JEDC holds seminar
``How Much is Your Business Worth?'' is the topic of a half-day seminar for business operators, brokers, investors, accountants and bankers being sponsored Jan. 27 by the Juneau Economic Development Council and Alaska InvestNet.
Michael Hanrahan of Valuation Associates in Anchorage will present different approaches to valuing companies, suggesting examples of how parties in negotiation can reach agreement on business worth.
The limited-seating seminar will be 1 to 5 p.m. Jan. 27 at the Goldbelt Hotel. Registration is $75 per person, or $65 per registrant for two or more from the same firm. Call 463-3662.
Jobless-tax refunds available
Employees who had excess taxes deducted for unemployment insurance can apply for a refund from the Department of Labor and Workforce Development.
``An employee who worked for more than one employer in 1999 may be eligible for a refund if taxes were deducted for more than $132.30 from all employers combined,'' said Ed Flanagan, commissioner of the state department.
Alaska is one of only three states where employers and employees share the responsibility for building reserves from which jobless benefits are paid. The employee share for 1999 was 0.54 percent of the taxable wage base of $24,500.
Refund forms are available from the Employment Security Tax Office in Juneau at 465-2757, toll-free at 1-888-448-3527, P.O. Box 25509, Juneau, AK., 99802-5509. Forms can be downloaded from www.labor.state.ak.us/estax/home.htm.
Food permit extension
Food service operators have an additional 10 days to pay sharply increased state permit fees.
The Department of Environmental Conservation announced that Feb. 1 is the new deadline for paying fees, which are increasing 200 to 240 percent due to the Legislature's budget cutbacks last year.
``However, many people were taken by surprise now that they've actually received their invoice,'' said Janice Adair, director of environmental health for the state. ``To say we have some unhappy campers is an understatement.''
For a supermarket operating a deli, meat market and bakery, the fees have increased from $530 to $1,255, said Nancy Napolilli, state manager of food safety.
DEC is waiving the deadline for seasonal food service operators, so that their fees aren't due until 30 days before opening.
Outfitters, guides get new fees
Outfitters and guides operating on national forest system lands in Alaska usually will pay a single per-client-day or per-hunt fee for each type of service provided, under a U.S. Forest Service interim flat-fee policy going into effect Feb. 14.
The interim policy is ``very close'' to the proposed fee schedule issued for public comment last year, according to the Forest Service. Still in effect is a policy allowing for competitive awarding of permits when there are new opportunities for outfitting or guiding, or when existing permits are revoked for poor performance.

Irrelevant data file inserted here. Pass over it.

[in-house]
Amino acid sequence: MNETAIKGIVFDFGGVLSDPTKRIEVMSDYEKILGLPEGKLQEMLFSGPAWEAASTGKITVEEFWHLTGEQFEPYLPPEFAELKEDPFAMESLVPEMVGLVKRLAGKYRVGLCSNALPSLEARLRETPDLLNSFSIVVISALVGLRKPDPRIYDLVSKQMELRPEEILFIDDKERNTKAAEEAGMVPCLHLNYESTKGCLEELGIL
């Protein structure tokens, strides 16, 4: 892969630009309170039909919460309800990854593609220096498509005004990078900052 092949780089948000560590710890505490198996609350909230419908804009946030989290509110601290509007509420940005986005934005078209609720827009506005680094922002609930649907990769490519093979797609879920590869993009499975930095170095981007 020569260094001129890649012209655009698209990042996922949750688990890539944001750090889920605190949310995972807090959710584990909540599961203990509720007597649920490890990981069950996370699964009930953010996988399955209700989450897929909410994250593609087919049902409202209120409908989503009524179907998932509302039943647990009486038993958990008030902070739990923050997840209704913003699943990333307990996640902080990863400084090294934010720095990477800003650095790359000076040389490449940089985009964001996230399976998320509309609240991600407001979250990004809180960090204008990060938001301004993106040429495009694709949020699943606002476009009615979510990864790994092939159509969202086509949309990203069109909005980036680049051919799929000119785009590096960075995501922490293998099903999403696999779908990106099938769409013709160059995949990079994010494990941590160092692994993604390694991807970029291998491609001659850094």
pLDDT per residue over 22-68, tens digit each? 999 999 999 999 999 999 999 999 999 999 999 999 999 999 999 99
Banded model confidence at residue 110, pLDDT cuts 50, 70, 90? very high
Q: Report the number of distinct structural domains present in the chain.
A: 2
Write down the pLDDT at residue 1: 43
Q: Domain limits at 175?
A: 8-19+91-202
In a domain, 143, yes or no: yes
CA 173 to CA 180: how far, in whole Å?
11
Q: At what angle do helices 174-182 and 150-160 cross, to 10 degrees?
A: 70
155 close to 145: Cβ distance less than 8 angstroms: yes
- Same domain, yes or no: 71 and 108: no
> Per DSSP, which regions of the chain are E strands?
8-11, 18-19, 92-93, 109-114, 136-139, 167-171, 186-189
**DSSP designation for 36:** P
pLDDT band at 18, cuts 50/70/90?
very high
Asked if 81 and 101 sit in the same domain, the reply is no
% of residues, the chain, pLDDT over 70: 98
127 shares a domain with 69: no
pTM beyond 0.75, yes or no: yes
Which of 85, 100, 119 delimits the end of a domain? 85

During a three-year review of the interim flat-fee policy, the Forest Service also will assess potential fee systems based upon appraisals, competitive bidding and other methods for determining fair market value, according to Regional Forester Rick Cables.
Oil-gas conference set
``Keeping Alaska's Oil Patch Open for Business'' is the theme of the 17th annual Meet Alaska Conference being sponsored in Anchorage Jan. 28 by the Alaska Support Industry Alliance, a statewide non-profit trade organization for the oil and gas industries.
Confirmed speakers include Gov. Tony Knowles, University of Alaska President Mark Hamilton, Exxon Pipeline Co. President Richard Rabinow, and Phillips Petroleum Co. President, Chairman and CEO Jim Mulva.
Registration for the one-day program at the Sheraton Anchorage Hotel can be arranged through the Alliance at 907-563-2226.
New housing group forms
Juneau Housing Trust, a non-profit organization with a new model for providing affordable housing for first-time homebuyers, was formed in late December.
The group hopes to secure foundation grants, government assistance and other financing to buy land that could be leased to first-time homebuyers for single-family homes and condominiums, said Steve Sorensen, the president of the organization.
Homebuyers would use conventional financing. But with land costs taken out of the equation, they could achieve home ownership at a price reduction of one-third to one-half, Sorensen said. With the trust retaining ownership of the land, affordable housing would continue on the same sites if the initial buyers can't make it, he said.
Sorensen said he hopes to get one project off the ground this year.
Second Juneau Job Fair set
Businesses can scout for potential employees at the second annual Juneau Job Fair Feb. 5 at the Nugget Mall.
Last year, about 30 businesses, non-profit organizations and government agencies distributed applications and information, did pre-screening for hiring and even conducted interviews. The Juneau Job Center, the sponsor, also provided information on its one-stop office for job training and information, and human services.
Booths for this year's affair are being assigned on a first-come, first- served basis. Applications are available from the Juneau Job Center. Contact John Osborne at 465-6857 or Michael Hutcherson at 465-2958. The application deadline is Jan. 28. There is no fee.
Bone-removal machine funded
The Alaska Science & Technology Foundation has awarded $675,000 toward the deployment of a total bone-removal machine to make salmon fillets.
The state grant is being matched by $9.2 million in financing from inventor Ray Wadsworth of TBRS, Inc., in Sequim, Washington.
Last summer, Wadsworth produced 150,000 pounds of boneless fillets while working on the technology in Southeast, said Jaimie Kenworthy, executive director of the foundation. Up to 2 million pounds of boneless products, particularly pinks and chums, could be produced this year, Kenworthy said.
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